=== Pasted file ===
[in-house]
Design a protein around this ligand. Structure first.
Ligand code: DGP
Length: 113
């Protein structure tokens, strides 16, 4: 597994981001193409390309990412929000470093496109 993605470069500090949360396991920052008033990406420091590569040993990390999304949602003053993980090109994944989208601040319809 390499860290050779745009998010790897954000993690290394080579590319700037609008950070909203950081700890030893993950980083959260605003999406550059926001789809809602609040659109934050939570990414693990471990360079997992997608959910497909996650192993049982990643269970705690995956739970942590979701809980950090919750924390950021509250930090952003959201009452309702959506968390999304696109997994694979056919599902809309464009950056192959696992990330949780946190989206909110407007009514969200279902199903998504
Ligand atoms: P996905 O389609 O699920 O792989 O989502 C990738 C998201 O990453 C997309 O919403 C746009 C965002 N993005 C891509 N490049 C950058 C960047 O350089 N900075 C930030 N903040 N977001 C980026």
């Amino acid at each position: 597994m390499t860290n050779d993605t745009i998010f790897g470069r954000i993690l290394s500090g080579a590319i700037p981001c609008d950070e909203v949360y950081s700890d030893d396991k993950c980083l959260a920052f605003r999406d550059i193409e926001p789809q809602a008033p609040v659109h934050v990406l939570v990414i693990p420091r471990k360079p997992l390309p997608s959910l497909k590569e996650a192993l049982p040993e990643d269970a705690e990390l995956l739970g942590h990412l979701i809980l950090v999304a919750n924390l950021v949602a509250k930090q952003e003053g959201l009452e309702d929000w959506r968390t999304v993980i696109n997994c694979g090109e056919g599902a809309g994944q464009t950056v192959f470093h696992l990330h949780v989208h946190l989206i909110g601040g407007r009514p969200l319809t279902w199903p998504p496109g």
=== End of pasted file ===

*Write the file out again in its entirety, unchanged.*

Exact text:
[in-house]
Design a protein around this ligand. Structure first.
Ligand code: DGP
Length: 113
């Protein structure tokens, strides 16, 4: 597994981001193409390309990412929000470093496109 993605470069500090949360396991920052008033990406420091590569040993990390999304949602003053993980090109994944989208601040319809 390499860290050779745009998010790897954000993690290394080579590319700037609008950070909203950081700890030893993950980083959260605003999406550059926001789809809602609040659109934050939570990414693990471990360079997992997608959910497909996650192993049982990643269970705690995956739970942590979701809980950090919750924390950021509250930090952003959201009452309702959506968390999304696109997994694979056919599902809309464009950056192959696992990330949780946190989206909110407007009514969200279902199903998504
Ligand atoms: P996905 O389609 O699920 O792989 O989502 C990738 C998201 O990453 C997309 O919403 C746009 C965002 N993005 C891509 N490049 C950058 C960047 O350089 N900075 C930030 N903040 N977001 C980026």
């Amino acid at each position: 597994m390499t860290n050779d993605t745009i998010f790897g470069r954000i993690l290394s500090g080579a590319i700037p981001c609008d950070e909203v949360y950081s700890d030893d396991k993950c980083l959260a920052f605003r999406d550059i193409e926001p789809q809602a008033p609040v659109h934050v990406l939570v990414i693990p420091r471990k360079p997992l390309p997608s959910l497909k590569e996650a192993l049982p040993e990643d269970a705690e990390l995956l739970g942590h990412l979701i809980l950090v999304a919750n924390l950021v949602a509250k930090q952003e003053g959201l009452e309702d929000w959506r968390t999304v993980i696109n997994c694979g090109e056919g599902a809309g994944q464009t950056v192959f470093h696992l990330h949780v989208h946190l989206i909110g601040g407007r009514p969200l319809t279902w199903p998504p496109g």